Swapping beats for burritos, drummer Warren Oakes quit US punk rockers Against Me! to open a Mexican restaurant in Florida in 2009. The band went on to notable success with album White Crosses and became the talk of town when singer Thomas Gabel underwent a gender change and reappeared as Laura Jane Grace. In the meantime Oakes built his Boca Fiesta eatery into an all-round party den with free-form jam sessions and wild tequila-laced nights.
One ‘band roulette’ event at the venue saw local musicians drawing names out of hat and randomly forming groups to perform for the evening. After the hangovers cleared, the impromptu jams continued and the Sunshine State were eventually formed by Oakes (drums), Kyle Fick (guitar), Troy Perlman (vocals, bass) and Matt Magarelli (guitar) and signed to legendary indie label No Idea.
Often overlooked as a snotty younger sibling of Washington DC’s hardcore scene or Seattle’s grunge movement, the Gainesville Punk sound of the 80s and 90s was just as vital to the delinquent kids who put on DIY shows and filled the Florida house parties. Under No Idea’s guidance, a stream of spit and sawdust, sweat and thunder basement rock acts helped make the independent scene thrive and pave the way for the likes of Hot Water Music, Less Than Jake and Against Me!. That unabashed, raucous, belligerent spirit lives on in Sunshine State’s debut Pour – though there is also nods to new wave acts like The Cure and Psychedelic Furs and the frantic, brattish angst of Rancid and Jimmy Eat World.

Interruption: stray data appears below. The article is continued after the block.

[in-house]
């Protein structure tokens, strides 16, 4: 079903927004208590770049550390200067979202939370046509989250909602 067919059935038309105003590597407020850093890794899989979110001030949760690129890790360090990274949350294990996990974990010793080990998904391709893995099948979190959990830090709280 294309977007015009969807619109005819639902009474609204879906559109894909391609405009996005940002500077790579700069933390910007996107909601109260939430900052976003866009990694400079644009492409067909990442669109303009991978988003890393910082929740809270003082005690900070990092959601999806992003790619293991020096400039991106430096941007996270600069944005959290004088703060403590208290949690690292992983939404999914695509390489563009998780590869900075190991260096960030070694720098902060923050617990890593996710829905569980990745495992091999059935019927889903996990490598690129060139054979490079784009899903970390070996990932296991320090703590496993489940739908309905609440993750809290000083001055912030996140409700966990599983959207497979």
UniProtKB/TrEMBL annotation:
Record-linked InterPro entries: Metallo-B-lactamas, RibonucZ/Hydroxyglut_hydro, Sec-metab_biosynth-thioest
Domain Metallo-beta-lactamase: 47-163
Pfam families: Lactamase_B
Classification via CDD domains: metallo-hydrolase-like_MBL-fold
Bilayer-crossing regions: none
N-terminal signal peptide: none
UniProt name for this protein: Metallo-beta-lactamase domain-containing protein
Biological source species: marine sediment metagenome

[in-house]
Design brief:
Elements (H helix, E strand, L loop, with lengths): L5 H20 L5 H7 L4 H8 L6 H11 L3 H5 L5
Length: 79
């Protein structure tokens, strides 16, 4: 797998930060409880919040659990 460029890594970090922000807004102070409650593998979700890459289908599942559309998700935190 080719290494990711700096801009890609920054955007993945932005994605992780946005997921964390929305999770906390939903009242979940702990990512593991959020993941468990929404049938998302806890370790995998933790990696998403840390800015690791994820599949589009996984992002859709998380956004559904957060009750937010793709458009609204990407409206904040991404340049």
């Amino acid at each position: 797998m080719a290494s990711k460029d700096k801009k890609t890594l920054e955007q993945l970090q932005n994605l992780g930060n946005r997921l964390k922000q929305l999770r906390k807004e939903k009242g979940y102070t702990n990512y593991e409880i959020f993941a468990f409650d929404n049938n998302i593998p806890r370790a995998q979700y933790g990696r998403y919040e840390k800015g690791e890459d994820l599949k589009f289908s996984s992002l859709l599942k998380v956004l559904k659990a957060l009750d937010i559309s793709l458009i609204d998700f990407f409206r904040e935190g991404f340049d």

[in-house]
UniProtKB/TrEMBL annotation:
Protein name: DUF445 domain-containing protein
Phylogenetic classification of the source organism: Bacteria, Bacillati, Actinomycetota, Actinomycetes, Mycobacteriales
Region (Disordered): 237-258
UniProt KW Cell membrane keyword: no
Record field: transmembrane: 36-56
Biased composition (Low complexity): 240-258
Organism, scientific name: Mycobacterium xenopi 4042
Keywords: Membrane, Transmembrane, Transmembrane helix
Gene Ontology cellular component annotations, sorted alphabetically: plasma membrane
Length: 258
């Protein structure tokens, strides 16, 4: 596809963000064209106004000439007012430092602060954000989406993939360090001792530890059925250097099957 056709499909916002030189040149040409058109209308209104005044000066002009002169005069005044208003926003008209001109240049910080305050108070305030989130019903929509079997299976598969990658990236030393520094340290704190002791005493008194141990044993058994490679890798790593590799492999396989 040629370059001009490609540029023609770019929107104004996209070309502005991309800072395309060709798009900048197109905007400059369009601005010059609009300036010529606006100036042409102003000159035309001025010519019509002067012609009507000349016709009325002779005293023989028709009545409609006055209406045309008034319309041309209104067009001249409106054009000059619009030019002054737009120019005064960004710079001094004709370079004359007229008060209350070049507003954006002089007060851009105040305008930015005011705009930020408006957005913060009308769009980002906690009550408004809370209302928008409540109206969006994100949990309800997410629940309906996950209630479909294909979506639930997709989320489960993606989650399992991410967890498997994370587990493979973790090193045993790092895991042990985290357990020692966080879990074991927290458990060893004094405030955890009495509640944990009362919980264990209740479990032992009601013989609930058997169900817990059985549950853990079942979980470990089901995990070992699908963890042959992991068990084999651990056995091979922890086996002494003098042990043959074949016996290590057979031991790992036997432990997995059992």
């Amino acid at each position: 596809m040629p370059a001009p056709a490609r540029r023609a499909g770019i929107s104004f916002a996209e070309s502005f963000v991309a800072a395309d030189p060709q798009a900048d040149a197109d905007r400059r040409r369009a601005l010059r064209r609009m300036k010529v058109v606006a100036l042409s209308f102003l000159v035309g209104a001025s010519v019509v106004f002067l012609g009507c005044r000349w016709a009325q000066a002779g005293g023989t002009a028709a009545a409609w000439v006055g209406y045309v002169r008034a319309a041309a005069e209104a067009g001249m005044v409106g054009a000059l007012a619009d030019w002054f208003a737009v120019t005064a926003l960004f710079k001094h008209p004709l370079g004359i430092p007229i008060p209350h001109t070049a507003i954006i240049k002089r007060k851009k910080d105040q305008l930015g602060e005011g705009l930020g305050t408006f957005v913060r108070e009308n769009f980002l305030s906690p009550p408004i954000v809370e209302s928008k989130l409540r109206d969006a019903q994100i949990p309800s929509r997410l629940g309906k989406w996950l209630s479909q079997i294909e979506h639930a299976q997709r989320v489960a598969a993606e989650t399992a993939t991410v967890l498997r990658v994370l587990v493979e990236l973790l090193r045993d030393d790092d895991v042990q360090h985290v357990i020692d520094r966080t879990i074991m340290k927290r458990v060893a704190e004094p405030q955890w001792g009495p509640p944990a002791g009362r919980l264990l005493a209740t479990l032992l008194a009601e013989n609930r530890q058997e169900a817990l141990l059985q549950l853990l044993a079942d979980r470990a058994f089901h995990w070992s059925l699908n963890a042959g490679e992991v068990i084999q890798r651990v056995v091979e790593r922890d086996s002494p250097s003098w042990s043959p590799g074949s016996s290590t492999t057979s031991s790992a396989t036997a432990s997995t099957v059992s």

Roared on by the “1-2-3-4” rush of backbeat and bluster, opener Sour Mash snarls with bitterness and regret under Perlman’s strained vocals, before Lunchblood distorts Smashing Pumpkins into a stadium rock pantomime fit for an emo version of Glee. Concrete World is a disdainful Anti-Flag chest-pump and growl at life’s isolation, Friends of Deceased a pained and sincere funeral march through The Horrors’ outsider synth-pop into a rousing Killers-go-goth bounce along and Takeover bashes out a discordant post-Fugazi chug that captures the band at their most world-weary and resigned. It’s not the soundtrack you usually hear at your local Mexican restaurant.
The pumping ambition of We Discussed It, We Disgusted and the racing, bursting rage of Peace and Rain are fitting sendoffs, and a sign that the band have grander designs beyond the punk-by-numbers template that they started out with. It’ll be interesting to hear what Sunshine State add to the menu in the future…